Dr. Sally Herman Lunt

Dec. 24, 1929 – Aug. 10, 2016

“We have changed the landscape of the world, and it will never look the same again.”

[Remarks of Dr. Sally Herman Lunt at the VFA event, Publication Debut of Feminists Who Changed America 1963-1975, Columbia University Faculty House and Barnard College, New York City, November 13, 2006]

I’ve been told that if I speak longer than a minute, I’ll be given the hook. So I have a short speech here.  I just want to respond, actually, to a remark that Gloria Steinem made this afternoon about how our daughters don’t pay attention to us or do not support the work that some of us have done.

When I was clearing out the drawer of my daughter’s desk after her College graduation, I found a piece of paper that was caught in the back of a drawer, and it was the title page of my daughter’s senior thesis. And the dedication on that piece of paper was, “To my mother, who fought for me”.  I’m sorry, Gloria isn’t here to hear this, but I now the daughters of many feminists with whom I have worked who have followed in their mother steps.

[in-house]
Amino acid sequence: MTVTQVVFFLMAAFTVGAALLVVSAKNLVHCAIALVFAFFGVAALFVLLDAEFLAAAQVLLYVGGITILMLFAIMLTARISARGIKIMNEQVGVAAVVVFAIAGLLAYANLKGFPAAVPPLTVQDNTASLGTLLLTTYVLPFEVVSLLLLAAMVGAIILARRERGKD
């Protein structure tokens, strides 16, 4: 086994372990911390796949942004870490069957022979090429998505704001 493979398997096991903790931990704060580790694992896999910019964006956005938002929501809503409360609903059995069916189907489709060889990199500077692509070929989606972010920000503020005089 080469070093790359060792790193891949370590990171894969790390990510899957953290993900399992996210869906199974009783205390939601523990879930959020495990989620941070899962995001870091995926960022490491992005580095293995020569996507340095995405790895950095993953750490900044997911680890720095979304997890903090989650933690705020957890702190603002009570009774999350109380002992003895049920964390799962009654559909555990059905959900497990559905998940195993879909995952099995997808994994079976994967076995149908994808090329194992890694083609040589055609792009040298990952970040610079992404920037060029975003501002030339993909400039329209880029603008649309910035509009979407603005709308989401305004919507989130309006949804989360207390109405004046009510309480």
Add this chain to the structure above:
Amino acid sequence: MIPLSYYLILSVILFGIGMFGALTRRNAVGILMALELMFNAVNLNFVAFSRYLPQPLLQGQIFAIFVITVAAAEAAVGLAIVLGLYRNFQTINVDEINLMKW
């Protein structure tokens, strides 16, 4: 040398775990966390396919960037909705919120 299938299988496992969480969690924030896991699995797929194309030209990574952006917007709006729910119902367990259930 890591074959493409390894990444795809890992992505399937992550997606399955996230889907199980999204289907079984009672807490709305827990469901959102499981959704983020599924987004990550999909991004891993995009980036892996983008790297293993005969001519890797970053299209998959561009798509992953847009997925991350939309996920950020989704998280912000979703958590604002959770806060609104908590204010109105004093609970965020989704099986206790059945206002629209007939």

And I also want to tell you that my mother told me that genetically I was a feminist in the womb because she marched for the the vote and worked at a Margaret Sanger clinic.

I’m second generation my children, two daughters. I wouldn’t have men of children. I told my husband that if I had boys, we give them back. So we had two daughters, Elizabeth the First, and Catherine the Great. I did a terrible thing with them. I told them all the time that they were perfect and they had now way to go with that, except to be perfect. So they turned out to be perfect. And they are now mothers themselves. I have five grandchildren, three of whom are “baby women”. Some of you may remember that term, and they will be the fourth generation feminists.

I have one extra thing I want to say. Our movement has been characterized as being the Second Wave. I don’t think of it as a Second Wave. I think of it as a kind of eruption, volcanic eruption that resulted in what I call a lava flow of activity by all of us here, and many of the women who have gone and are not here. So I think that some of us are still marching. As Florynce Kennedy once said, “It ain’t a movement, unless everybody moves”.  Some of you may remember that. I think that we’re still moving, that lava flow is still moving. We have changed the landscape of the world, and it will never look the same again.